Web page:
Sydney house prices drop 3 per cent
By Brad Caldwell-Eyles
Brad Caldwell-Eyles comments in this article by Jennifer Duke from Domain Group.
Sydney house prices drop 3 per cent
After three years of soaring property prices in Sydney, house prices have fallen by the largest quarterly drop on record.
Sydney’s median house price dropped 3.1 per cent over the December quarter 2015, the first drop since June 2012, the Domain House Price Report released on Thursday shows. Median house prices are likely to recede below the million-dollar benchmark by mid-year, Domain Group senior economist Andrew Wilson said.
“This is quite a sobering, startling result. The rollercoaster of house price growth Sydney has been on has clearly crashed,” Dr Wilson said.
The cause of the decline was sentiment-driven, partially due to banks increasing interest rates for both investors and home buyers in October, he said. “But the underlying dynamics are still quite strong in the housing market, this is not a correction driven by the fundamentals,” he said.
Apartment prices fell 2.8 per cent over the December quarter – the first fall since March 2013. This slowdown could have implications for the NSW Government, putting a dampener on the stamp duty cash cow that had been forecast to grow to $8.6 billion by 2018/2019. Rising mortgage rates, restrictions placed on investor lending, a surge of new apartments and a slowdown of Chinese buyers in the Sydney market were all behind the sluggish result, AMP Capital chief economist Shane Oliver said. “The December quarter was a bit unusual in that a lot of negative things came together in a perfect storm,” Dr Oliver said.
But this fall “exaggerates the weakness in the market” as it has to be viewed in the context of the huge growth Sydney already experienced, he said. Over the past three years, Sydney house prices are up 52.6 per cent or $349,183, Domain data shows, with house prices up 14.8 per cent over 2015.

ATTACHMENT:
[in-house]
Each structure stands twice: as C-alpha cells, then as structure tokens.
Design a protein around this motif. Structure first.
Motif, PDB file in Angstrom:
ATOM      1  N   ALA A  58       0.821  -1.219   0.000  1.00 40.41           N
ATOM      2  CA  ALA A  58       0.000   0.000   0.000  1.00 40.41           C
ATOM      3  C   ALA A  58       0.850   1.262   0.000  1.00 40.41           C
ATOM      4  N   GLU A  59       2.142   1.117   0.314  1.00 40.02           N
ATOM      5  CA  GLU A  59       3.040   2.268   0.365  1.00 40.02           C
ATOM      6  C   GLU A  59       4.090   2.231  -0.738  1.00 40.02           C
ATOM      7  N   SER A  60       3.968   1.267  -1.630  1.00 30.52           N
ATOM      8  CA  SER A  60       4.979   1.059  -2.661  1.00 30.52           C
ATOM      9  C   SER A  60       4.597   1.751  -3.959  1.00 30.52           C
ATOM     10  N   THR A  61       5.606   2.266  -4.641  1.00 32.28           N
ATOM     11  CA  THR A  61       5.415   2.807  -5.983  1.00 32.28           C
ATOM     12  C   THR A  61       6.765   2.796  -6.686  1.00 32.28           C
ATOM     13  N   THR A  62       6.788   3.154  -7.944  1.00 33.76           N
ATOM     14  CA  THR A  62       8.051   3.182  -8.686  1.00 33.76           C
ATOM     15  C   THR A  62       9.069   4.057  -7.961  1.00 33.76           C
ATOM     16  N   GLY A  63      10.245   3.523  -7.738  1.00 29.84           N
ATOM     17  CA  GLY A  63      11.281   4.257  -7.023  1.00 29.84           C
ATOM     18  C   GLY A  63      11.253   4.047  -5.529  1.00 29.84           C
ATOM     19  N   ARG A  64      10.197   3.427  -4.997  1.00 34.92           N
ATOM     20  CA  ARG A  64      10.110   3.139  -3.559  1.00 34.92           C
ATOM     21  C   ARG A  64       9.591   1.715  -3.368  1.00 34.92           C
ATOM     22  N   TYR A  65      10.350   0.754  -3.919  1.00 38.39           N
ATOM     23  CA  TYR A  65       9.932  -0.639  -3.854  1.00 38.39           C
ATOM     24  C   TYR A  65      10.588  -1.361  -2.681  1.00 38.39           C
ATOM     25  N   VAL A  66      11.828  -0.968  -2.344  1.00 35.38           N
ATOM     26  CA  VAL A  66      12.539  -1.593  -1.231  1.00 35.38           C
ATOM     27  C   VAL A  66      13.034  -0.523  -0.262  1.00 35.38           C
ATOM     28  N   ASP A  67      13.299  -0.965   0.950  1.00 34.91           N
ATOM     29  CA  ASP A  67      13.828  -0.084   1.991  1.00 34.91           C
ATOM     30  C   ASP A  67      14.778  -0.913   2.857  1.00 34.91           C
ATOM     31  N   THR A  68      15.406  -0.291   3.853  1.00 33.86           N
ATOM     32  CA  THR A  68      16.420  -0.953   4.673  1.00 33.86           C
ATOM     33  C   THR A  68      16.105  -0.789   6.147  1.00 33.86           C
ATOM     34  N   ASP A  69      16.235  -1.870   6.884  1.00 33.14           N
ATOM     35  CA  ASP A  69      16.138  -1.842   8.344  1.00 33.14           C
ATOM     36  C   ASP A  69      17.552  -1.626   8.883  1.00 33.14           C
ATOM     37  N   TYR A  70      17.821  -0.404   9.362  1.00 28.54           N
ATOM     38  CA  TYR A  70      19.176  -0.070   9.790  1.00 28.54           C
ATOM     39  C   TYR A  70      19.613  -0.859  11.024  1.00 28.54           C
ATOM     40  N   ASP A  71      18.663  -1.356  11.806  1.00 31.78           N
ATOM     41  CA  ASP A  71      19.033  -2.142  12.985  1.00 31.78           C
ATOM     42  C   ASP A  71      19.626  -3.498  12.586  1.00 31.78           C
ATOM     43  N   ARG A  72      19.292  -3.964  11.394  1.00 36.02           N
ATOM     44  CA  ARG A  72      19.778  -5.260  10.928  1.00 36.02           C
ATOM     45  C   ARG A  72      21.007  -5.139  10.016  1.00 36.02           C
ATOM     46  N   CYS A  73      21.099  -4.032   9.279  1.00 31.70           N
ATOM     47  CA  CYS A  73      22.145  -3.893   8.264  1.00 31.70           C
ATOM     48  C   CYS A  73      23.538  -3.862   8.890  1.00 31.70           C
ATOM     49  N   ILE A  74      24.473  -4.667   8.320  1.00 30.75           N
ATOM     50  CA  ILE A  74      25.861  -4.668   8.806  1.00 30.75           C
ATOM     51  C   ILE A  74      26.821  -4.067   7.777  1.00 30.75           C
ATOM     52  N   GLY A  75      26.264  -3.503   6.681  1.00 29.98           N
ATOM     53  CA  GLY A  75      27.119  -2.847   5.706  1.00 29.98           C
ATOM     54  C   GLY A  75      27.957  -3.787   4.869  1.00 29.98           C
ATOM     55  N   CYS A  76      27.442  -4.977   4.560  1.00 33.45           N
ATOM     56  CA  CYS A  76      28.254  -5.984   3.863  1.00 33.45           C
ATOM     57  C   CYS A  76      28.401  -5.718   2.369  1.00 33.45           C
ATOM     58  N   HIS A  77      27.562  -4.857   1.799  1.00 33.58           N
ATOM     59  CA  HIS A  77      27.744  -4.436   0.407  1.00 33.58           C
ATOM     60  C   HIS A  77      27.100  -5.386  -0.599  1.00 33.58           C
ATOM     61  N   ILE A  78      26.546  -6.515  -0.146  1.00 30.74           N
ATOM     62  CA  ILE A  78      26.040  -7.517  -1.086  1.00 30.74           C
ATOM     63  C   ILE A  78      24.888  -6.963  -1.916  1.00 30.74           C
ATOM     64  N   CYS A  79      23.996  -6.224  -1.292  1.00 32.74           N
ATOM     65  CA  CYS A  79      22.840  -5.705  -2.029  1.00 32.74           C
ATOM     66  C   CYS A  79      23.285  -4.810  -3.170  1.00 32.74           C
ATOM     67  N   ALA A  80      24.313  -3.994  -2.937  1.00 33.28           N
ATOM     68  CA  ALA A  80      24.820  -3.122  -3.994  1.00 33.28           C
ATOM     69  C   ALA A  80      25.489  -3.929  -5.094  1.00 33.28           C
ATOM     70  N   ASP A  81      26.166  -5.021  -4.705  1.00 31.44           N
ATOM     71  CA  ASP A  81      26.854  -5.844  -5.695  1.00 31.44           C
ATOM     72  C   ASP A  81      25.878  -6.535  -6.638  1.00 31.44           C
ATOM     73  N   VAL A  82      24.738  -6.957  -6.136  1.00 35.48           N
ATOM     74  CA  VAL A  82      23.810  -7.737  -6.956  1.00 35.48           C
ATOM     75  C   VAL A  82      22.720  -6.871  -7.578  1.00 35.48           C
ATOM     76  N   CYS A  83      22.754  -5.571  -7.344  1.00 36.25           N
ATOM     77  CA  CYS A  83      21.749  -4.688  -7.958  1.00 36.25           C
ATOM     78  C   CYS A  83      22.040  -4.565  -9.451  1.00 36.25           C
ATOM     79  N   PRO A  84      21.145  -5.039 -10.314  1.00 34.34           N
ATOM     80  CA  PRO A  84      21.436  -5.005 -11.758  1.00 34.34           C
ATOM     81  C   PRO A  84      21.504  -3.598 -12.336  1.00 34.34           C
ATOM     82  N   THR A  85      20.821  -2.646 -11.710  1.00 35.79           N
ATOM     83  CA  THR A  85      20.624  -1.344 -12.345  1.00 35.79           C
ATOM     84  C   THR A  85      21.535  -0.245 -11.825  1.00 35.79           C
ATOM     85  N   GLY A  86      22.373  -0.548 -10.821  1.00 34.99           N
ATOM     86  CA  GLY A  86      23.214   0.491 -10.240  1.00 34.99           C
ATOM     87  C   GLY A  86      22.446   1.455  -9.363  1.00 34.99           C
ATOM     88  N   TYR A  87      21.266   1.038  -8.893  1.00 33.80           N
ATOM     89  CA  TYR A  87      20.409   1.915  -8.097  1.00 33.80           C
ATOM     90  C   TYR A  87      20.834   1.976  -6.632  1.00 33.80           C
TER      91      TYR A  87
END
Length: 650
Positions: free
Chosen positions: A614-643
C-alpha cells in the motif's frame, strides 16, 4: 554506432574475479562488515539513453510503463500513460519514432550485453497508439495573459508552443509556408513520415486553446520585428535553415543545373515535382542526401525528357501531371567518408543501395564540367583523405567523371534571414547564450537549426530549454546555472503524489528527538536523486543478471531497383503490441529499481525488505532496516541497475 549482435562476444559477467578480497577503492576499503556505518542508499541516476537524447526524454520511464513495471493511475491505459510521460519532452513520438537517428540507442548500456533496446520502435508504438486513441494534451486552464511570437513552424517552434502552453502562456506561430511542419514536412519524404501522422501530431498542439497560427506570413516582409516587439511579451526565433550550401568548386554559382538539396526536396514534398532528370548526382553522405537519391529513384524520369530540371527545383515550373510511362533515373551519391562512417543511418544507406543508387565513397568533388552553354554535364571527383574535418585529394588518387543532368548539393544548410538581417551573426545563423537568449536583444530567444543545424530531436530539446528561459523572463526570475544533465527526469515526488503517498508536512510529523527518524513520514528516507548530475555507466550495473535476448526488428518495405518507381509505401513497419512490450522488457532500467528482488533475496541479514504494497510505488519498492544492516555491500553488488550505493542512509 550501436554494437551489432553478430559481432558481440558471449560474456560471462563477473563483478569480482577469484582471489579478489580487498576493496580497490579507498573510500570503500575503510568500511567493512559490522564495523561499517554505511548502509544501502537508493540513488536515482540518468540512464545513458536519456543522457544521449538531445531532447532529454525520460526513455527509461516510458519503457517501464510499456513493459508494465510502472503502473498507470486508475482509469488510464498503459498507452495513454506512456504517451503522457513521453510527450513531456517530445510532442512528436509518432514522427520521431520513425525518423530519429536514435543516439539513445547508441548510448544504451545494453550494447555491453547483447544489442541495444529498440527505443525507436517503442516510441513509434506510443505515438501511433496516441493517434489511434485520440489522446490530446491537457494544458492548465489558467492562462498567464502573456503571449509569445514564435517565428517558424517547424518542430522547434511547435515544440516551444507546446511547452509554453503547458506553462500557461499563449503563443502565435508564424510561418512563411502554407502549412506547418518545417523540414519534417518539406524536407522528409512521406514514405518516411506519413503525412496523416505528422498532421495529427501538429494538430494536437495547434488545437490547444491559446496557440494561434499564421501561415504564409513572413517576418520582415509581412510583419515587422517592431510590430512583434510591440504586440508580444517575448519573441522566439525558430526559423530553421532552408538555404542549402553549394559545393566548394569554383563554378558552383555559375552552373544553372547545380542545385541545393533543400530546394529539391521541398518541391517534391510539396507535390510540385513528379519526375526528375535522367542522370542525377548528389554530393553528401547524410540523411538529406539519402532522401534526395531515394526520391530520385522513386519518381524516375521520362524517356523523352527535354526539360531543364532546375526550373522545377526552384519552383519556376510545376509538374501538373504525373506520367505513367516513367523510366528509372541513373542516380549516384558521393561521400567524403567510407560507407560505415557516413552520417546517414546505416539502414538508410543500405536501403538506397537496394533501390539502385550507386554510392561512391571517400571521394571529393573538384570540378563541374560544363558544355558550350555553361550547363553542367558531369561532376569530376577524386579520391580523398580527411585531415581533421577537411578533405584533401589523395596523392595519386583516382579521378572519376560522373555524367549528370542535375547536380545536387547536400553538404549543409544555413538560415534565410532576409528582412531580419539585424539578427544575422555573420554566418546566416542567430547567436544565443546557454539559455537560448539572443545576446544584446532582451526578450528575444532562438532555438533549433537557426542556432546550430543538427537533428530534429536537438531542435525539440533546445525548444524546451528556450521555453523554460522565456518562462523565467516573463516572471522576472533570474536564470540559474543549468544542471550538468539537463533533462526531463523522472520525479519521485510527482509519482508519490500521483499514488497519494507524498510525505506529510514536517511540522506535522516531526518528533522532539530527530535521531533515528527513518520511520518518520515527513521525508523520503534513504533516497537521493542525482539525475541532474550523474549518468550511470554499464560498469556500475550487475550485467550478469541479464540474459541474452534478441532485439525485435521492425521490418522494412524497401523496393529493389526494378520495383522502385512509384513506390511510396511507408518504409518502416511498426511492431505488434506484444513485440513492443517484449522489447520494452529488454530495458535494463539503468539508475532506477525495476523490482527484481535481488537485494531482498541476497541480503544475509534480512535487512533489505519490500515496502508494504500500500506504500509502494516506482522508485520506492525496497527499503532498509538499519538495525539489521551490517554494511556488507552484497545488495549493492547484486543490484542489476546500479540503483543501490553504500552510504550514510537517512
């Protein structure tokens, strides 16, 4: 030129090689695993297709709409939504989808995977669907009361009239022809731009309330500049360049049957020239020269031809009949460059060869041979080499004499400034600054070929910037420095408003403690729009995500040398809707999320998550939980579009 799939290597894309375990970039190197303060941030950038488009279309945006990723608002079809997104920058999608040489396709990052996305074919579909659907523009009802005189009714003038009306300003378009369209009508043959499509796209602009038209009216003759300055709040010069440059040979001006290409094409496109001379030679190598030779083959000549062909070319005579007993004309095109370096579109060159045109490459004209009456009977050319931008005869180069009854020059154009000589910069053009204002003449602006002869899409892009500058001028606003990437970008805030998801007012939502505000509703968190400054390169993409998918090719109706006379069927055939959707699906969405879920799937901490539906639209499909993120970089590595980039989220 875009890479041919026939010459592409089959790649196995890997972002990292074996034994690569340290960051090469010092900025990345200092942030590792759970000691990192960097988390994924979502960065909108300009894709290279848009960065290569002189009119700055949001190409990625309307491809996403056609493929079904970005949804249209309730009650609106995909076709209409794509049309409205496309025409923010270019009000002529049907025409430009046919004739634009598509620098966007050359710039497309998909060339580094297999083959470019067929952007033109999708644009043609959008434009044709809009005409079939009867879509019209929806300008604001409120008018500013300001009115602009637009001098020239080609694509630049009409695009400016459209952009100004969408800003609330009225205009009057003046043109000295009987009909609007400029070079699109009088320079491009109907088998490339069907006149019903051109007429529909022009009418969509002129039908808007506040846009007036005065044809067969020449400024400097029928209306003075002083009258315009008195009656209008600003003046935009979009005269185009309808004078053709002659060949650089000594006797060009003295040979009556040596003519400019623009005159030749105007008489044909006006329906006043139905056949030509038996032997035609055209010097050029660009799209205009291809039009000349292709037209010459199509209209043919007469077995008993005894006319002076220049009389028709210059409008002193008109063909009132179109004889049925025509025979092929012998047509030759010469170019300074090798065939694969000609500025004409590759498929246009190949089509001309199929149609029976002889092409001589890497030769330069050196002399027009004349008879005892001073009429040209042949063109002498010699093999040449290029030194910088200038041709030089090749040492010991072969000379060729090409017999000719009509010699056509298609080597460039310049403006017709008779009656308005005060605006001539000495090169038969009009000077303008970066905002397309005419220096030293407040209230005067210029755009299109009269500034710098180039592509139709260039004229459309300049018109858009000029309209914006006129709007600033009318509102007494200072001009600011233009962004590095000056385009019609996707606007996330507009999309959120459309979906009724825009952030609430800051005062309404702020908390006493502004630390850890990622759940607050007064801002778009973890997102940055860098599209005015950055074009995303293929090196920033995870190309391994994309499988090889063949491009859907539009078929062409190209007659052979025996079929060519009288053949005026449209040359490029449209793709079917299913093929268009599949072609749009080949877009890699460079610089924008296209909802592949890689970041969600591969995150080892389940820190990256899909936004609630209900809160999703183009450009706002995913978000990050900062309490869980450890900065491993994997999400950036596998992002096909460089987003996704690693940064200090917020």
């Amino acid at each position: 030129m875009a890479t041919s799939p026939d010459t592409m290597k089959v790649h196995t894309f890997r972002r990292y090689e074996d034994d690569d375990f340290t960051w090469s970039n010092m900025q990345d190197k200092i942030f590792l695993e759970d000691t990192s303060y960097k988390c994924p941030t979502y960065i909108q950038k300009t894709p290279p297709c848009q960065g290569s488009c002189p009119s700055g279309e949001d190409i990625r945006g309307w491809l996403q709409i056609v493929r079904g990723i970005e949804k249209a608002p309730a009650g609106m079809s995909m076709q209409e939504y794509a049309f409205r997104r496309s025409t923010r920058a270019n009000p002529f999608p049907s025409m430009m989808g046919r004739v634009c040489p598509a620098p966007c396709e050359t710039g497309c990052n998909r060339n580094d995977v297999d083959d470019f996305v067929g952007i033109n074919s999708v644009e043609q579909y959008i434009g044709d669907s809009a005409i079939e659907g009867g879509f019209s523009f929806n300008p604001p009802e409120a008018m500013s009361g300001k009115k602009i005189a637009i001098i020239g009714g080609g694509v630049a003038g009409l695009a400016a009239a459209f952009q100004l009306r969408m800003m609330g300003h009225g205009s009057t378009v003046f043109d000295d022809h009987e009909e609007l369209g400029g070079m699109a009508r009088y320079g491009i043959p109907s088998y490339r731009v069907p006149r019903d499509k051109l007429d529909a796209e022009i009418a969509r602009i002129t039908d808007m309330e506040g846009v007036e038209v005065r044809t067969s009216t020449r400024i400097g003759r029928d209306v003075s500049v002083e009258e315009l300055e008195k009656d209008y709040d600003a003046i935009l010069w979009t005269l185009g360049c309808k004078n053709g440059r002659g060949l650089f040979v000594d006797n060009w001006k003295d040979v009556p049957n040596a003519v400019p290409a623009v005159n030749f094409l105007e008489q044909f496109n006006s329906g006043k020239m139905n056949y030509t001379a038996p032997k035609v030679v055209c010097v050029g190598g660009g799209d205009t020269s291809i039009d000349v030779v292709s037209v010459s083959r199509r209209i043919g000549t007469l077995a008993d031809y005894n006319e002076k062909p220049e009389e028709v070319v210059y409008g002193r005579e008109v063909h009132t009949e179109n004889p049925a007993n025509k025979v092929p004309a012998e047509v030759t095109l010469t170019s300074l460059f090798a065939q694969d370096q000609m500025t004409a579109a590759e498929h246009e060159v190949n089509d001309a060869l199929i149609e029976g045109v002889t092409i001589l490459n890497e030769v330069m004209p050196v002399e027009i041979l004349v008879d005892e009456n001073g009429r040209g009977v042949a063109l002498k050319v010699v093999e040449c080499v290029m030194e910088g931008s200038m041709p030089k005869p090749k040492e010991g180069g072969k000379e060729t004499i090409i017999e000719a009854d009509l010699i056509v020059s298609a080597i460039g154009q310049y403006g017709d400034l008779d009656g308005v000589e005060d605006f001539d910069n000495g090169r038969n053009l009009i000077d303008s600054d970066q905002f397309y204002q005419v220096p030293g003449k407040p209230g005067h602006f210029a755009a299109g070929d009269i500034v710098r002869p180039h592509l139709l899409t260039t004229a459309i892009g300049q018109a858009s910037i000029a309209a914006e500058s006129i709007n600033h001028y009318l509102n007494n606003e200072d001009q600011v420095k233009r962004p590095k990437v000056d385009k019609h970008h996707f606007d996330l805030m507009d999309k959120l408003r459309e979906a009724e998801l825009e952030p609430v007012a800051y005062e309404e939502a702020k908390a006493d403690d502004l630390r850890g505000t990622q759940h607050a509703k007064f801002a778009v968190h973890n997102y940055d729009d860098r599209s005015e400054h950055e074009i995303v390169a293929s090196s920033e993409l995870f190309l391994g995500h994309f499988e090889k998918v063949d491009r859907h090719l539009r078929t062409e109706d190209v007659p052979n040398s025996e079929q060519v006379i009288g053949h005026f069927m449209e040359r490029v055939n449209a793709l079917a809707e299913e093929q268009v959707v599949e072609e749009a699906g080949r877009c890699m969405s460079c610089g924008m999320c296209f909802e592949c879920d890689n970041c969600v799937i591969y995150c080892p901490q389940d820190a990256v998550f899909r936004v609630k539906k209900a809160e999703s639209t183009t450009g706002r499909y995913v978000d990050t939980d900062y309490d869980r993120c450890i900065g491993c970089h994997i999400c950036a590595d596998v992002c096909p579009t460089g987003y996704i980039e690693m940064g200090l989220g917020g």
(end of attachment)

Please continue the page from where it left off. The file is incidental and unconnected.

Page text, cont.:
Across Sydney, all areas saw house price declines apart from the west, which increased 1.8 per cent, and the south-west, which remained flat. The biggest losses were recorded in Canterbury-Bankstown, down 5.3 per cent and the south, down 4.3 per cent.
“It shows the fragility of the mid-price range change over buyers,” Dr Wilson said. “The west held its own, which suggests affordable suburbs will continue to find buyers,” he said.
The city and east also recorded sobering results for house prices, down 4.1 per cent over the quarter.
1st City Double Bay’s Brad Caldwell-Eyles said there had clearly been a shift in sentiment, with auction rates falling to the 55 per cent mark by the end of 2015. “This [the east] is a sentiment-driven area and buyers are sophisticated, when they smell blood they hit hard in the negotiations,” Mr Caldwell-Eyles said.
“Last year we sold three apartments in the same building in Double Bay, at an average of $4.35 million. We just traded one now for $4 million. It’s much the same as the other apartments,” he said. The median apartment price fell in all regions across Sydney, apart from the lower north, which remained flat.
The inner west was the worst performer, with the median apartment price dropping 4.6 per cent. Cobden and Hayson’s Peter Gordon said the heat “definitely went out of the market after September”.
“Auction clearance rates were slowing, there was more stock on the market and there was some negative press, so it became a self-fulfilling prophecy,” Mr Gordon said. “On the flipside, the market now in the early part of the year is strong. We have had three times as many people through open homes than we had in November or December,” he said.